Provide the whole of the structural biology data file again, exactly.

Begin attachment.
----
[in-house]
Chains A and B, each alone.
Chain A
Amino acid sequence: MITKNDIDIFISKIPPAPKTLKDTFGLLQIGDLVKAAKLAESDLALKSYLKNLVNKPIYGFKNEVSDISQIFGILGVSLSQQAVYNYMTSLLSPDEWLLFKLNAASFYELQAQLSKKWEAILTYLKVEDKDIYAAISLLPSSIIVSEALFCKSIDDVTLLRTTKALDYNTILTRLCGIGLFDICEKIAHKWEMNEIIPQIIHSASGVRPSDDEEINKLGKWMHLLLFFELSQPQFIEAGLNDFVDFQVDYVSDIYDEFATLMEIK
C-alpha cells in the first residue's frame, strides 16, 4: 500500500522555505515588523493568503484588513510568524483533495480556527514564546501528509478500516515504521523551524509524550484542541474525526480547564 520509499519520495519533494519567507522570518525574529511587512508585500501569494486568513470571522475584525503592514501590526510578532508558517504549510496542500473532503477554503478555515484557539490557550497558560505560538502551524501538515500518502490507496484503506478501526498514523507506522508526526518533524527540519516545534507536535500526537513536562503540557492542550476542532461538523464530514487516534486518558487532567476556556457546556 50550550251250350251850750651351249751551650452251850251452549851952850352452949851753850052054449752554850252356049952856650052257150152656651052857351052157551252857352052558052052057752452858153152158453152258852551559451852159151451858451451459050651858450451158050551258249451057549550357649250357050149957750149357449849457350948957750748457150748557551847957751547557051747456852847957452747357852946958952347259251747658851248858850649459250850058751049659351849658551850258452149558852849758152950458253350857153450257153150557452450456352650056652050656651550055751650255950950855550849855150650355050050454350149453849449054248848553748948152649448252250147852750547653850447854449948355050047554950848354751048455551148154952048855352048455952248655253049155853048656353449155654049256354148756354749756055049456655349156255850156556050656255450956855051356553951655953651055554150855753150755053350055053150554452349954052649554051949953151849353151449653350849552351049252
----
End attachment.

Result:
[in-house]
Chains A and B, each alone.
Chain A
Amino acid sequence: MITKNDIDIFISKIPPAPKTLKDTFGLLQIGDLVKAAKLAESDLALKSYLKNLVNKPIYGFKNEVSDISQIFGILGVSLSQQAVYNYMTSLLSPDEWLLFKLNAASFYELQAQLSKKWEAILTYLKVEDKDIYAAISLLPSSIIVSEALFCKSIDDVTLLRTTKALDYNTILTRLCGIGLFDICEKIAHKWEMNEIIPQIIHSASGVRPSDDEEINKLGKWMHLLLFFELSQPQFIEAGLNDFVDFQVDYVSDIYDEFATLMEIK
C-alpha cells in the first residue's frame, strides 16, 4: 500500500522555505515588523493568503484588513510568524483533495480556527514564546501528509478500516515504521523551524509524550484542541474525526480547564 520509499519520495519533494519567507522570518525574529511587512508585500501569494486568513470571522475584525503592514501590526510578532508558517504549510496542500473532503477554503478555515484557539490557550497558560505560538502551524501538515500518502490507496484503506478501526498514523507506522508526526518533524527540519516545534507536535500526537513536562503540557492542550476542532461538523464530514487516534486518558487532567476556556457546556 50550550251250350251850750651351249751551650452251850251452549851952850352452949851753850052054449752554850252356049952856650052257150152656651052857351052157551252857352052558052052057752452858153152158453152258852551559451852159151451858451451459050651858450451158050551258249451057549550357649250357050149957750149357449849457350948957750748457150748557551847957751547557051747456852847957452747357852946958952347259251747658851248858850649459250850058751049659351849658551850258452149558852849758152950458253350857153450257153150557452450456352650056652050656651550055751650255950950855550849855150650355050050454350149453849449054248848553748948152649448252250147852750547653850447854449948355050047554950848354751048455551148154952048855352048455952248655253049155853048656353449155654049256354148756354749756055049456655349156255850156556050656255450956855051356553951655953651055554150855753150755053350055053150554452349954052649554051949953151849353151449653350849552351049252